For now, and for the record, here are some of the key points and discussions from the Summit (highlights are mine):

John Racanelli (Balitmore’s National Aquarium): In an effort to understand the future “customer,” the National Aquarium was part of a larger consortium of U.S. Universities, zoological institutions, and government agencies that commissioned a nationwide study to understand public attitudes, perceptions and beliefs in the U.S.A. regarding aquariums. The ongoing survey has collected data over
eight years with annual sample sizes of up to 32,000 and asks respondents nationwide to rank levels of agreement with
a range of statements. The data are not publicly available, but John Racanelli did share some of the findings. The data
indicate a shift in attitudes, perceptions and beliefs regarding the value and appropriateness of holding cetaceans in
captivity and it becomes particularly pronounced for the Millennial generation, where the survey observed a material decline in the desire to see cetaceans in any kind of captive setting. 

Continue reading “Interesting Notes From The Virgin Captivity Summit”

Saving The High Seas

 

James Cameron and Richard Branson want action:

An important opportunity to begin responsibly managing half the planet lies before us. The United Nations will hold meetings this week to discuss the future of the high seas. Led by Brazil, the European Union, Argentina, Mexico, Monaco and others, a coalition of developed and developing nations has proposed an international agreement to modernize governance of the high seas.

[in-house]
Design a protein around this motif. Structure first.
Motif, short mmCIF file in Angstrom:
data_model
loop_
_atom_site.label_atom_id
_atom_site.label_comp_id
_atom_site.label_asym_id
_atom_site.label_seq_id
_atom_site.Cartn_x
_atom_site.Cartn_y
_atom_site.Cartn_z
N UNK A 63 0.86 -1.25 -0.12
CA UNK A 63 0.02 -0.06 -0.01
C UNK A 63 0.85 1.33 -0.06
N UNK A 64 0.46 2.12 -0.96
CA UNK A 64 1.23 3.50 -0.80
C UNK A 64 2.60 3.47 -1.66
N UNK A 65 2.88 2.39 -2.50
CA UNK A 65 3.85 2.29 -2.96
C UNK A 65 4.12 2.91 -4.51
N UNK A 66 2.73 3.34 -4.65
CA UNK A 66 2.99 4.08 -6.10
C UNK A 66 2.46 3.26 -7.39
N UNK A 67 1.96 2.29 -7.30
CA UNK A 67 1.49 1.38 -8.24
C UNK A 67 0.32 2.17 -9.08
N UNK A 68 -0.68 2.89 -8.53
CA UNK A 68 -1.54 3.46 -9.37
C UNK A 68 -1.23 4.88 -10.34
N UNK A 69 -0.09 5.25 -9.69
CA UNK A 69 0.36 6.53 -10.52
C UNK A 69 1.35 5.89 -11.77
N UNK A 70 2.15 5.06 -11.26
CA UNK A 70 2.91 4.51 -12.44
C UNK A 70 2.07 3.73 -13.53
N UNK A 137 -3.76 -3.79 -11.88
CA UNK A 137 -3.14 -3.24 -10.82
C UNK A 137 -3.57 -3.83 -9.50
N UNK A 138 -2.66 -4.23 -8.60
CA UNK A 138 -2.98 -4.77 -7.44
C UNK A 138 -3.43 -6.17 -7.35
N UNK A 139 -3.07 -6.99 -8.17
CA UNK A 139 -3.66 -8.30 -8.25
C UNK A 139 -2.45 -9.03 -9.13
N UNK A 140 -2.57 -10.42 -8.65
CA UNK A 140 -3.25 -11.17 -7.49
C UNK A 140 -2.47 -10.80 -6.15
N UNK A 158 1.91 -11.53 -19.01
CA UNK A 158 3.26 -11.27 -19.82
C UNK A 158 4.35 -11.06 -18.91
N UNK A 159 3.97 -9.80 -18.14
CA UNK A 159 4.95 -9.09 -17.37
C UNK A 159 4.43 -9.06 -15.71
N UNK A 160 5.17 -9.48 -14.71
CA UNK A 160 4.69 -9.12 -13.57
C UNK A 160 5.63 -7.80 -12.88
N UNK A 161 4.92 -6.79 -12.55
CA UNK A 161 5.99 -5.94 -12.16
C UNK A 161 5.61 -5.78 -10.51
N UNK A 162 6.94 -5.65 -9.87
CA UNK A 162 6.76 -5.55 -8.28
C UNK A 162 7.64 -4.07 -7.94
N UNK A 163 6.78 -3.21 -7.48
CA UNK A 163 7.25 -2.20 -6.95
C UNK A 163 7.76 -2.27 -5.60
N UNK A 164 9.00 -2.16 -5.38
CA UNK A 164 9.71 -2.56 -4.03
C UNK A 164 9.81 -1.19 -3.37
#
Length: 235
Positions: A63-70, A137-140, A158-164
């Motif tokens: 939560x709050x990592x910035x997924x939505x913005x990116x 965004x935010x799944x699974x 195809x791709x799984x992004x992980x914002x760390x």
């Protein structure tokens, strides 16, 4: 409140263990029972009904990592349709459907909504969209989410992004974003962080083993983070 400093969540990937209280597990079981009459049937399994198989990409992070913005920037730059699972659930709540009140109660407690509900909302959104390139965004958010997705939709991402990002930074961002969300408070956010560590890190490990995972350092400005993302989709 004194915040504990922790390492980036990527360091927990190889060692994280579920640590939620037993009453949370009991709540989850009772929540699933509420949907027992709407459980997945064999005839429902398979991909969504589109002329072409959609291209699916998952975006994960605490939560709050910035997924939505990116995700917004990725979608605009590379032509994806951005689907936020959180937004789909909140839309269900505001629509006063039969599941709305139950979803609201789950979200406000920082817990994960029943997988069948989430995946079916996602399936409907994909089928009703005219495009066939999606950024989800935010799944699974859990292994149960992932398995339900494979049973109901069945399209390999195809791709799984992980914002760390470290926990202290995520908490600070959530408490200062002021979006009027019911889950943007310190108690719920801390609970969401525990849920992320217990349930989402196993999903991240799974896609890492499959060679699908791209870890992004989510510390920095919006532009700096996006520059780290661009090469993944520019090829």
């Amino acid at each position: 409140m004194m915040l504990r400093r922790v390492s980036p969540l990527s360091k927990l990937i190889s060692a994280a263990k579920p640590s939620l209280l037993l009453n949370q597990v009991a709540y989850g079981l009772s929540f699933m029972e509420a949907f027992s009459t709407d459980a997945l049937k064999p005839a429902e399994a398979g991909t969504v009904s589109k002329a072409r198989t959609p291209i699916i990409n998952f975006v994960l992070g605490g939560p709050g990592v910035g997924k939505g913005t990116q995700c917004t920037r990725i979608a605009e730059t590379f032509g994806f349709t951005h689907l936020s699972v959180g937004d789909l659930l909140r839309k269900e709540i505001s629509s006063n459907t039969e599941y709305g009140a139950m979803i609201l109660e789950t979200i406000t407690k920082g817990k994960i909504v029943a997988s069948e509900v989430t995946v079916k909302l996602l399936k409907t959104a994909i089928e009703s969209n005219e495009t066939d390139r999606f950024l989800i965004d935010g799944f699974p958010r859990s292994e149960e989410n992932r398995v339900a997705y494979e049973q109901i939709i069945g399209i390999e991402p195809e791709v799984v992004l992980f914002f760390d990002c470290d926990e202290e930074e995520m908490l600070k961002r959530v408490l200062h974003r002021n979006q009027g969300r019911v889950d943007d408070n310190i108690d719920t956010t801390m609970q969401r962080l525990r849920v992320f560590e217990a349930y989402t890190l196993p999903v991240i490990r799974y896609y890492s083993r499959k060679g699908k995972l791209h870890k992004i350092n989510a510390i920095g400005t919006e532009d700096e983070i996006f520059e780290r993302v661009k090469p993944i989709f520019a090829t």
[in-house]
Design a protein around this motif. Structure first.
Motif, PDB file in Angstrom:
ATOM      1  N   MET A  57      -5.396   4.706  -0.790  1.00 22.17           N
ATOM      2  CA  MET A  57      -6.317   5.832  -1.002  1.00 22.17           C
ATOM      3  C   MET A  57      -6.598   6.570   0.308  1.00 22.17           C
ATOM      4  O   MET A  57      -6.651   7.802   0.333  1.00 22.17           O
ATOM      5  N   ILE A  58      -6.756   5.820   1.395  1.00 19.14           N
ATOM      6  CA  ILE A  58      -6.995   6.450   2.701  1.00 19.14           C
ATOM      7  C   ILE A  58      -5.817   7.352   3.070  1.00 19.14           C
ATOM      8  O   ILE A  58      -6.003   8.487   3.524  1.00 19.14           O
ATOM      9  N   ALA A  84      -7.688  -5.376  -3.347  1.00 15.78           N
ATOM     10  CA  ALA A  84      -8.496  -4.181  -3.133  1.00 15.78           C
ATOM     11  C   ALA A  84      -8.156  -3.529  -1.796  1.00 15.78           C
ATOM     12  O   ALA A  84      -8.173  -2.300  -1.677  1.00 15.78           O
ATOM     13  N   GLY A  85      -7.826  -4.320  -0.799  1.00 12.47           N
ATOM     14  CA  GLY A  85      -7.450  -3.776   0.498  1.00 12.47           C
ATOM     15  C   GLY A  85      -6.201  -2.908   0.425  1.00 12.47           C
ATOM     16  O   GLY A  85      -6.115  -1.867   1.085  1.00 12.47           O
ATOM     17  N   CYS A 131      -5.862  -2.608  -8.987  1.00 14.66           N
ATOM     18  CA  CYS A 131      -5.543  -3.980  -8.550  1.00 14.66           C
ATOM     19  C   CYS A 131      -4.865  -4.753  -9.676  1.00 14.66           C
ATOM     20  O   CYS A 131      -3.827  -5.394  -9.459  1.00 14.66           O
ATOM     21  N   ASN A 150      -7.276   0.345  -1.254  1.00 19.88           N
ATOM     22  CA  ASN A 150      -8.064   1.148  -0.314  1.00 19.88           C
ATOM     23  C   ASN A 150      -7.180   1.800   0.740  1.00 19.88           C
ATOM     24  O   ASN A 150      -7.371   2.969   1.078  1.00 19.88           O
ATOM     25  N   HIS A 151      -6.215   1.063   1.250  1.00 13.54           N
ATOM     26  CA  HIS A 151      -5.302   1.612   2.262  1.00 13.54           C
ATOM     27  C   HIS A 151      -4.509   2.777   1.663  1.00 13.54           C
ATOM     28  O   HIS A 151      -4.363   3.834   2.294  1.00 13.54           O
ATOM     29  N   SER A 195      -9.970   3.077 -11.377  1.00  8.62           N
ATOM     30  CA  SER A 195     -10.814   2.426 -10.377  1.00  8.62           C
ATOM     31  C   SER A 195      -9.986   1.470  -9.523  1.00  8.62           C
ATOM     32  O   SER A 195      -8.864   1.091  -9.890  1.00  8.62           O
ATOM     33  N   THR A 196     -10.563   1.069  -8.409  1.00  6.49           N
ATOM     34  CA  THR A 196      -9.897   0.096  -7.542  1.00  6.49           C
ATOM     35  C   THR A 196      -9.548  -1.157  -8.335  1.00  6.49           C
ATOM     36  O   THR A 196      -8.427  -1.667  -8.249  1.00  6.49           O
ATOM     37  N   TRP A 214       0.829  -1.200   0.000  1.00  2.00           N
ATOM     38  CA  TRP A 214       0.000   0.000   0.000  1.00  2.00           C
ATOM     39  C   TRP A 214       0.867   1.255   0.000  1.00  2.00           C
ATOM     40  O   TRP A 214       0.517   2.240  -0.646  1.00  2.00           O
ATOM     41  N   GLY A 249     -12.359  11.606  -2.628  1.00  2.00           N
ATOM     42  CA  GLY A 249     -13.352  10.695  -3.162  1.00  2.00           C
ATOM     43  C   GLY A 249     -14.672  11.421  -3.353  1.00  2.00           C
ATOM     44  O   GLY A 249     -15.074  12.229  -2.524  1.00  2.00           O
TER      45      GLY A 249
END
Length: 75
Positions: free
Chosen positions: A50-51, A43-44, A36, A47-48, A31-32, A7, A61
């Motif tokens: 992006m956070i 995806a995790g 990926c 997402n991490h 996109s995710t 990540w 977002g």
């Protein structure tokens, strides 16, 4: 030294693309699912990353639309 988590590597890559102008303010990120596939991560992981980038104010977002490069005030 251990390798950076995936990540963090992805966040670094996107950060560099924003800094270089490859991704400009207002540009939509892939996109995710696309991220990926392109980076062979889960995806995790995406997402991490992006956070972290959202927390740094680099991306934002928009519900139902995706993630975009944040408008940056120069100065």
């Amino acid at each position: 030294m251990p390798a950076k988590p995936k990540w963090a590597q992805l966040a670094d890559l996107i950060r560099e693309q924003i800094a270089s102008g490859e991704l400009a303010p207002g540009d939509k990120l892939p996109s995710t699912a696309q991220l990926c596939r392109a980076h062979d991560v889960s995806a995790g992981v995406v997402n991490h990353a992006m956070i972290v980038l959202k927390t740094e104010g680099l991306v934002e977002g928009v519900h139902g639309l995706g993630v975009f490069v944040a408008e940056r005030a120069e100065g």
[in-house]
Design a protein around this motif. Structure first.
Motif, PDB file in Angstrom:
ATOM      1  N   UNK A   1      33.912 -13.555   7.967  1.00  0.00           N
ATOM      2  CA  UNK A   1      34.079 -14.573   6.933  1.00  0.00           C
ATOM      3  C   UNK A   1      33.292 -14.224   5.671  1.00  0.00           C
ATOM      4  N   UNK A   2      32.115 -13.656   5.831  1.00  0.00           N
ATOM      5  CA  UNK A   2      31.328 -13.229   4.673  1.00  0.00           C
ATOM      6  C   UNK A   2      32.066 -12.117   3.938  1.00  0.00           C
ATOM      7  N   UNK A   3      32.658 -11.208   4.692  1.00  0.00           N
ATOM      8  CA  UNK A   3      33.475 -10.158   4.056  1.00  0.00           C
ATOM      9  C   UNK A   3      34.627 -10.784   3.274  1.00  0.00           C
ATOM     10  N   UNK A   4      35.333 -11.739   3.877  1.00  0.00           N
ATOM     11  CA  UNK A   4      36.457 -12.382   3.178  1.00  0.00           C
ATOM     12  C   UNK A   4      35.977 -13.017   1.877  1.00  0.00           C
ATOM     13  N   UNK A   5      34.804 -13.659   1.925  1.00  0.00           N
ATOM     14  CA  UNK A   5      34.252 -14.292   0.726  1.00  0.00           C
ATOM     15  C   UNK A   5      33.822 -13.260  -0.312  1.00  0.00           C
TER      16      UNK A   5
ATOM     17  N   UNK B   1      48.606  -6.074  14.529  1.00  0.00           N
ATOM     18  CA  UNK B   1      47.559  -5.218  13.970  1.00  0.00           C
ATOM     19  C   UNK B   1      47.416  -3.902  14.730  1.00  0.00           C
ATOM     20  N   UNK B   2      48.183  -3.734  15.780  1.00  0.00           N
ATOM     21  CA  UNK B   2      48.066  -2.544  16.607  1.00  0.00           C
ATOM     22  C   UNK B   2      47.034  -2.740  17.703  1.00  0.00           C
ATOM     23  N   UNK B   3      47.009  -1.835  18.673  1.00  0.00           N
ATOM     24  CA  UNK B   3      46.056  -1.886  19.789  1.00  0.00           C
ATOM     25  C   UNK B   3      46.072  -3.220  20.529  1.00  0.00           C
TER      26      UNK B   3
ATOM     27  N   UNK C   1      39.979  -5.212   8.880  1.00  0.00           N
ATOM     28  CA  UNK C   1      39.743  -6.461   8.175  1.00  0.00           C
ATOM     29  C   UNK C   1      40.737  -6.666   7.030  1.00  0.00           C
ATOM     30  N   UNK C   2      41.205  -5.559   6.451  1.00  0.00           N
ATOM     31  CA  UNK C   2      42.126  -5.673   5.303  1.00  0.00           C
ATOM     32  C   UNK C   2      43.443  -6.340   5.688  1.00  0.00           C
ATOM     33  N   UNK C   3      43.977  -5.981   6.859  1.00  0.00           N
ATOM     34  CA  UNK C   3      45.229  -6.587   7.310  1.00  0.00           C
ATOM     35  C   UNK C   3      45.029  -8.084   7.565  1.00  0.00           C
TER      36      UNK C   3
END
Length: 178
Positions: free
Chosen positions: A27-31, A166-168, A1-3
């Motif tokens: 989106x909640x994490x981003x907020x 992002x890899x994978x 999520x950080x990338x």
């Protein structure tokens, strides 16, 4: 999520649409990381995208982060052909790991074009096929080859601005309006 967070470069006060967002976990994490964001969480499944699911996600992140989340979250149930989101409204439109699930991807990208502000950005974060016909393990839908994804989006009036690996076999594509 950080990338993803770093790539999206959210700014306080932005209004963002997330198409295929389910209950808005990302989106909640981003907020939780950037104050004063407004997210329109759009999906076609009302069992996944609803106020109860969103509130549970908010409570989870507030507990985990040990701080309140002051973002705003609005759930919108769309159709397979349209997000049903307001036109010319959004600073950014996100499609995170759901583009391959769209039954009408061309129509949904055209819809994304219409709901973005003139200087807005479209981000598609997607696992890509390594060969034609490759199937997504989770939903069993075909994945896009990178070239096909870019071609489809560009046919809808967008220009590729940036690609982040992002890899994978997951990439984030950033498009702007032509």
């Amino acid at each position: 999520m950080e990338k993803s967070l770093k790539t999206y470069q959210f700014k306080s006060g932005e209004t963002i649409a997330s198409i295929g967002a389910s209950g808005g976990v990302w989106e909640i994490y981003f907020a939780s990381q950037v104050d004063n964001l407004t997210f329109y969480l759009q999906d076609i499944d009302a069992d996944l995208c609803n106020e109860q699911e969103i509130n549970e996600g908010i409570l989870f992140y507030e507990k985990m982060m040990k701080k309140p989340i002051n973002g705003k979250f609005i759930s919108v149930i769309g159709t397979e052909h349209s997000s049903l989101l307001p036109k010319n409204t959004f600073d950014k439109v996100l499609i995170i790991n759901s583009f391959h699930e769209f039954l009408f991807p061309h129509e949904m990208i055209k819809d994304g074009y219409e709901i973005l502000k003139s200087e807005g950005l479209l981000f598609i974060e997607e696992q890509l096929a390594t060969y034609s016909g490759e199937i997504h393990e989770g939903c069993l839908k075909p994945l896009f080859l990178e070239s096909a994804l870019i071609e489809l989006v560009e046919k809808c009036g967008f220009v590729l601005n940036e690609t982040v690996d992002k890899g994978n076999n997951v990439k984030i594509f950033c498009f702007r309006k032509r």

The agreement would provide for high seas protected areas, and require countries proposing to engage in destructive activities to assess and manage their effects. It would also deal with the lack of any rules governing how revenue derived from developing genetic resources in international waters will be shared, an important bar to commercializing new products derived from international waters. Most important, such an agreement would begin to bring to the high seas modern management as practiced in the U.S. and elsewhere since the 1970s. Such an agreement has been discussed and debated for years at the United Nations. It is time to move beyond words to action and begin negotiations.

The United States has been the single most significant obstacle to a new high seas agreement, with the State Department citing potential opposition from members of Congress who are critics of the United Nations. Possible opposition from pharmaceutical, biotech and/or cosmetics companies involved in marine genetic research has also been mentioned, although no such opposition has surfaced in the more than six years these issues have been widely discussed.

Sure hope they succeed. But if they really want to make an impact they will need to address the fact that modern human culture (energy consumption, materialism, self-gratification, food fetishism, etc., etc..) is what is really destroying the oceans (and the dry parts of the planet, too). Better regulations and protections for the high seas are great, though it’s hard to say that even regulated waters are thriving. More important, ocean acidification, and warming, are the real existential threats. So hopefully Cameron and Branson will next look deep at their own roles, and the industries they are in, in promoting a culture that is destroying the seas they love.

What sacrifices to their lifestyles or business income are they willing to make?